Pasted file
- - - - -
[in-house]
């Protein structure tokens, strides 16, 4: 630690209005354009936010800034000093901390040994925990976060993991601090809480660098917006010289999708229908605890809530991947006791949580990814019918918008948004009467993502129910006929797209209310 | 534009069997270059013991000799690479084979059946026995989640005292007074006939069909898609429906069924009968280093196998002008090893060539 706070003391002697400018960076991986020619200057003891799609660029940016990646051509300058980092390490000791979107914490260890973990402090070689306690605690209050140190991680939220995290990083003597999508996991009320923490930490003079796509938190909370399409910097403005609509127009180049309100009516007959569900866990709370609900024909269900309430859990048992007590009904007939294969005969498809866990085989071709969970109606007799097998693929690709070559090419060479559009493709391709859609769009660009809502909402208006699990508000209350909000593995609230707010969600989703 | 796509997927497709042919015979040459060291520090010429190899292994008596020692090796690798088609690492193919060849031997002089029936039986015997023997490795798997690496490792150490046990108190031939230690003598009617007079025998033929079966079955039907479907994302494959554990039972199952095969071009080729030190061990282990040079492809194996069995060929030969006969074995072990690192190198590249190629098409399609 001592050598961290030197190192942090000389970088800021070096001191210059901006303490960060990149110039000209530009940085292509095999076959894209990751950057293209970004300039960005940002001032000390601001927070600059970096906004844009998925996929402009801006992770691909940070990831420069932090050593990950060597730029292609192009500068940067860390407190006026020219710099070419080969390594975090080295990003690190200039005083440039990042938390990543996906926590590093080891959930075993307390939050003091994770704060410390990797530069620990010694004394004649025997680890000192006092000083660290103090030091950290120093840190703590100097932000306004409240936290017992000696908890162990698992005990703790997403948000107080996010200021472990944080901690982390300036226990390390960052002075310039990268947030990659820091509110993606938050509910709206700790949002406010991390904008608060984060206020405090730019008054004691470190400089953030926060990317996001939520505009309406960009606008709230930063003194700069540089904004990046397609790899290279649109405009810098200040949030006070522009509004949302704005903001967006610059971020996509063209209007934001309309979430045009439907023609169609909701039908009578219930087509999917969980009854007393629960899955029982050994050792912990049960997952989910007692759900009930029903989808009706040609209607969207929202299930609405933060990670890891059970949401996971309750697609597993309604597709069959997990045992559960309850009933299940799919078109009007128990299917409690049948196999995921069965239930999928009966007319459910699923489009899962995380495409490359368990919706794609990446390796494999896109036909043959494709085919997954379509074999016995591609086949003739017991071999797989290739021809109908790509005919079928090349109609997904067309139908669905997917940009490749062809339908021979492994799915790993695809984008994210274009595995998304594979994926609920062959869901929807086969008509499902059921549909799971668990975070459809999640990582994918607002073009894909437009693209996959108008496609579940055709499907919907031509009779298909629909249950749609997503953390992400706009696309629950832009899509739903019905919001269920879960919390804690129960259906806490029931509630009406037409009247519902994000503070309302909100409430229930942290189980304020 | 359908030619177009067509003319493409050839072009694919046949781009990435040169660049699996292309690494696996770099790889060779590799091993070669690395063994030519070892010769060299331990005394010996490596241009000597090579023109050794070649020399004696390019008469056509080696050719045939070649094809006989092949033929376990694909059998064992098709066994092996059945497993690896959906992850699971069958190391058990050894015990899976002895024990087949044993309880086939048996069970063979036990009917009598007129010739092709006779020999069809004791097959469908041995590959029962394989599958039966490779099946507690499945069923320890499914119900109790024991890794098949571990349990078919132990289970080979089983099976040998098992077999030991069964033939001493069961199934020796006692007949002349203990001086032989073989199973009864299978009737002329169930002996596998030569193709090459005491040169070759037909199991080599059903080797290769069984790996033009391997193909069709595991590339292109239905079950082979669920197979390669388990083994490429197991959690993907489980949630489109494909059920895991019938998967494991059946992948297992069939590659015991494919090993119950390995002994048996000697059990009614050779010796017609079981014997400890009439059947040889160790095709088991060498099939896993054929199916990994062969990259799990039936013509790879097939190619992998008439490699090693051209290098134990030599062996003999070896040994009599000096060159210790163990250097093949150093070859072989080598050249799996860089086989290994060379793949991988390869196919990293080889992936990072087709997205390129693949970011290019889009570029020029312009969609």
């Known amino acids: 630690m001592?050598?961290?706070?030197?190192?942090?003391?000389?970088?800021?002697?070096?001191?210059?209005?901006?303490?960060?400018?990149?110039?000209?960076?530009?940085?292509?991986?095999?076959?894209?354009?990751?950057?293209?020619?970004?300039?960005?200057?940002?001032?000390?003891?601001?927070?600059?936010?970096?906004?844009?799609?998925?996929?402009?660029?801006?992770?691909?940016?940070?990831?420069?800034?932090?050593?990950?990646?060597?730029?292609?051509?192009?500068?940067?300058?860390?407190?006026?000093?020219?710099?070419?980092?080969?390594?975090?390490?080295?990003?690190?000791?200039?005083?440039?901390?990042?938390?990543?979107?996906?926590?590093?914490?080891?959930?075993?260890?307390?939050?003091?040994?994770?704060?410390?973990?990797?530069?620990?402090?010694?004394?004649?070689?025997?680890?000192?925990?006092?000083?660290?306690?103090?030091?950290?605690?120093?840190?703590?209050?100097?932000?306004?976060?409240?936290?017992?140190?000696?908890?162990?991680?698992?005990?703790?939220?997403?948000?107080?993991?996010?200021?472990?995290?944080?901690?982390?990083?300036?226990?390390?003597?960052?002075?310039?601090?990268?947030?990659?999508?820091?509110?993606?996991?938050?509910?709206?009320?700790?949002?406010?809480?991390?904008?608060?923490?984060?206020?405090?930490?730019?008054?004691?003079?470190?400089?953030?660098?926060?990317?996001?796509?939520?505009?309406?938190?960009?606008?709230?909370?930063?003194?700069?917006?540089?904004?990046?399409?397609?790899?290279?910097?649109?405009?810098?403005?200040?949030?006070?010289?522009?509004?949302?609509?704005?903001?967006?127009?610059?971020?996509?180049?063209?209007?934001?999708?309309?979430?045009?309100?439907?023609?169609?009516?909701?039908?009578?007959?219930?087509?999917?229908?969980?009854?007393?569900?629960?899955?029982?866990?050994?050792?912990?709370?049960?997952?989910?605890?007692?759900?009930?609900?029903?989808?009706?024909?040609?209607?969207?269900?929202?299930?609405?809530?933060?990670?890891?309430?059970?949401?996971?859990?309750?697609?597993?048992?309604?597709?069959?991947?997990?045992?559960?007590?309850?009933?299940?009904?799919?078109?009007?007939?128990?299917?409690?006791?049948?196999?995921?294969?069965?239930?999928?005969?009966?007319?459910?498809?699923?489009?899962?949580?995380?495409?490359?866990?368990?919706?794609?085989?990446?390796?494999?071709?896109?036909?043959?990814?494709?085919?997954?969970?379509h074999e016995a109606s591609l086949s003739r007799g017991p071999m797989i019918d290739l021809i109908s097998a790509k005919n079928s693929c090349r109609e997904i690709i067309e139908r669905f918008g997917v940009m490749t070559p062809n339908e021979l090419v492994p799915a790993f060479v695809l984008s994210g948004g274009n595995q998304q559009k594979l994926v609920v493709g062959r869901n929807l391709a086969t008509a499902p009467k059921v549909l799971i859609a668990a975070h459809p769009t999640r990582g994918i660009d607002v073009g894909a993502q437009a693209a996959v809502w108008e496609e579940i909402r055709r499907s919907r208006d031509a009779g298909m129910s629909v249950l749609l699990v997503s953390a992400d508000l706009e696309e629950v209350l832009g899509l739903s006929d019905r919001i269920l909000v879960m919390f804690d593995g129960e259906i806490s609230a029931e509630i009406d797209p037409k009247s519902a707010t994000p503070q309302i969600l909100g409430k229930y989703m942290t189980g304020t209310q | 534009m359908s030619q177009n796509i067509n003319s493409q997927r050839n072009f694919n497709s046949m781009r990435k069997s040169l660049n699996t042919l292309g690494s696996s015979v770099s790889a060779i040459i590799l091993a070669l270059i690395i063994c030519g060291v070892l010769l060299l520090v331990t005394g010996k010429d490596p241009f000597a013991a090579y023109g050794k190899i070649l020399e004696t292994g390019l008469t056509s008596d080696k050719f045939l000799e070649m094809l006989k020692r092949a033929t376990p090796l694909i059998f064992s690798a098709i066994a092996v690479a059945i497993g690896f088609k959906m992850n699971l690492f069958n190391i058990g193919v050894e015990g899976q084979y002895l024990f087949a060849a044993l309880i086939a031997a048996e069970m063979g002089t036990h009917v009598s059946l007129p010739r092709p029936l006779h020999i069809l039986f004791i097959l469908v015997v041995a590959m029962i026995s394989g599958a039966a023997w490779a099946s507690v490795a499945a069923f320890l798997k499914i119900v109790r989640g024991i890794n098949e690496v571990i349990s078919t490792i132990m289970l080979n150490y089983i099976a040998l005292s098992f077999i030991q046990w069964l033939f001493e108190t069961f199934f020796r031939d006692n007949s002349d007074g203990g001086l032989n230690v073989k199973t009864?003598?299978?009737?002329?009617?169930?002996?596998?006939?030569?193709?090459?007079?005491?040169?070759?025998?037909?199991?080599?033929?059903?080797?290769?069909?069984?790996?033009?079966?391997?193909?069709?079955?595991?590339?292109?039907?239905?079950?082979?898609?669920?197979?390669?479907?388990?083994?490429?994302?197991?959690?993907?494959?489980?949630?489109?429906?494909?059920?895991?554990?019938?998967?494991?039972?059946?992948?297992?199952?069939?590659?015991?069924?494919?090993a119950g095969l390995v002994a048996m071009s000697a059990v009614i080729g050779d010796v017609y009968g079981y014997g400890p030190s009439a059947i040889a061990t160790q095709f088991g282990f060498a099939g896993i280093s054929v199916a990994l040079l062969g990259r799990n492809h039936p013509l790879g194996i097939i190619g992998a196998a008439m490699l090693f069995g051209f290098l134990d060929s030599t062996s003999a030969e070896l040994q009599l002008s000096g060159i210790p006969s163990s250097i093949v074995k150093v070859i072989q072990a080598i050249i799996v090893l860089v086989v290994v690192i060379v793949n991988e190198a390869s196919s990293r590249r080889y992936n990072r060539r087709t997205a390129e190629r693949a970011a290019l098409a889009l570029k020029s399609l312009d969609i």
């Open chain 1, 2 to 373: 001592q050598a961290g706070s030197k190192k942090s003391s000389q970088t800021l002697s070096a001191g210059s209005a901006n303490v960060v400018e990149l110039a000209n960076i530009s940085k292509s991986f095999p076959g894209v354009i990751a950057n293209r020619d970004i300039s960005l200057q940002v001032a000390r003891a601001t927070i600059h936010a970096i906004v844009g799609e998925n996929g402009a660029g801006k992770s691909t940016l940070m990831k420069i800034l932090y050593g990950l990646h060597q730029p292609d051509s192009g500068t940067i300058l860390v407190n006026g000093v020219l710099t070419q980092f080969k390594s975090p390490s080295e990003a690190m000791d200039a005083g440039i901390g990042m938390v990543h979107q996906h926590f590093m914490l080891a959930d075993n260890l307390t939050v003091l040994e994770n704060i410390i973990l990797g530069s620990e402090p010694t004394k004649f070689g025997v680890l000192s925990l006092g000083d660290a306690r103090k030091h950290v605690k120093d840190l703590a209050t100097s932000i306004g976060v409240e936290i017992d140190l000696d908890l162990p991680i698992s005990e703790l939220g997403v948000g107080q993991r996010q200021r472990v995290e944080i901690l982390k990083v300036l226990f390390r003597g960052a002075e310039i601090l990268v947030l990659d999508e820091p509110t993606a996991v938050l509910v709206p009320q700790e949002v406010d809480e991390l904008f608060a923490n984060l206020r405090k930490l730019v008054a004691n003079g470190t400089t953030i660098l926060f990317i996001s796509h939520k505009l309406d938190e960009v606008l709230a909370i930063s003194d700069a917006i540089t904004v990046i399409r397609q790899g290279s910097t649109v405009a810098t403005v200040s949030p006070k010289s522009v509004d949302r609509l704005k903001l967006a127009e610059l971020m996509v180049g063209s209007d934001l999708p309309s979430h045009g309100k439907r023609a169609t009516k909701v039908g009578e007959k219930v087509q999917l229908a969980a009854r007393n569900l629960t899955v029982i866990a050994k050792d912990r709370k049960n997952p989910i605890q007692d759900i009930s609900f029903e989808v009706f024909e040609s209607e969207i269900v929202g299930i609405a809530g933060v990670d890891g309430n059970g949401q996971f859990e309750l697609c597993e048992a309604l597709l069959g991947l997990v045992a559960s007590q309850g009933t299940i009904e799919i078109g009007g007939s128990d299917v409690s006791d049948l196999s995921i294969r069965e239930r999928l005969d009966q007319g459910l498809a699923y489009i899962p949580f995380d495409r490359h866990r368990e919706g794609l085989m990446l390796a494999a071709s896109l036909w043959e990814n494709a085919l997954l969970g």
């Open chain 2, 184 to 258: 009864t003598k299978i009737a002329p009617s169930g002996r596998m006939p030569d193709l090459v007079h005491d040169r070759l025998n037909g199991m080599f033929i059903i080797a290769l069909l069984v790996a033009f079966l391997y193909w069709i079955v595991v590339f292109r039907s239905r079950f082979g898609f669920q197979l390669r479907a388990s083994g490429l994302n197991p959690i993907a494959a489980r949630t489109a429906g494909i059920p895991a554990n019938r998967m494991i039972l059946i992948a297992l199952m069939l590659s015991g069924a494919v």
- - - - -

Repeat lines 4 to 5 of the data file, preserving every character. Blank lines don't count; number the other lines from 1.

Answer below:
């Open chain 1, 2 to 373: 001592q050598a961290g706070s030197k190192k942090s003391s000389q970088t800021l002697s070096a001191g210059s209005a901006n303490v960060v400018e990149l110039a000209n960076i530009s940085k292509s991986f095999p076959g894209v354009i990751a950057n293209r020619d970004i300039s960005l200057q940002v001032a000390r003891a601001t927070i600059h936010a970096i906004v844009g799609e998925n996929g402009a660029g801006k992770s691909t940016l940070m990831k420069i800034l932090y050593g990950l990646h060597q730029p292609d051509s192009g500068t940067i300058l860390v407190n006026g000093v020219l710099t070419q980092f080969k390594s975090p390490s080295e990003a690190m000791d200039a005083g440039i901390g990042m938390v990543h979107q996906h926590f590093m914490l080891a959930d075993n260890l307390t939050v003091l040994e994770n704060i410390i973990l990797g530069s620990e402090p010694t004394k004649f070689g025997v680890l000192s925990l006092g000083d660290a306690r103090k030091h950290v605690k120093d840190l703590a209050t100097s932000i306004g976060v409240e936290i017992d140190l000696d908890l162990p991680i698992s005990e703790l939220g997403v948000g107080q993991r996010q200021r472990v995290e944080i901690l982390k990083v300036l226990f390390r003597g960052a002075e310039i601090l990268v947030l990659d999508e820091p509110t993606a996991v938050l509910v709206p009320q700790e949002v406010d809480e991390l904008f608060a923490n984060l206020r405090k930490l730019v008054a004691n003079g470190t400089t953030i660098l926060f990317i996001s796509h939520k505009l309406d938190e960009v606008l709230a909370i930063s003194d700069a917006i540089t904004v990046i399409r397609q790899g290279s910097t649109v405009a810098t403005v200040s949030p006070k010289s522009v509004d949302r609509l704005k903001l967006a127009e610059l971020m996509v180049g063209s209007d934001l999708p309309s979430h045009g309100k439907r023609a169609t009516k909701v039908g009578e007959k219930v087509q999917l229908a969980a009854r007393n569900l629960t899955v029982i866990a050994k050792d912990r709370k049960n997952p989910i605890q007692d759900i009930s609900f029903e989808v009706f024909e040609s209607e969207i269900v929202g299930i609405a809530g933060v990670d890891g309430n059970g949401q996971f859990e309750l697609c597993e048992a309604l597709l069959g991947l997990v045992a559960s007590q309850g009933t299940i009904e799919i078109g009007g007939s128990d299917v409690s006791d049948l196999s995921i294969r069965e239930r999928l005969d009966q007319g459910l498809a699923y489009i899962p949580f995380d495409r490359h866990r368990e919706g794609l085989m990446l390796a494999a071709s896109l036909w043959e990814n494709a085919l997954l969970g």
């Open chain 2, 184 to 258: 009864t003598k299978i009737a002329p009617s169930g002996r596998m006939p030569d193709l090459v007079h005491d040169r070759l025998n037909g199991m080599f033929i059903i080797a290769l069909l069984v790996a033009f079966l391997y193909w069709i079955v595991v590339f292109r039907s239905r079950f082979g898609f669920q197979l390669r479907a388990s083994g490429l994302n197991p959690i993907a494959a489980r949630t489109a429906g494909i059920p895991a554990n019938r998967m494991i039972l059946i992948a297992l199952m069939l590659s015991g069924a494919v």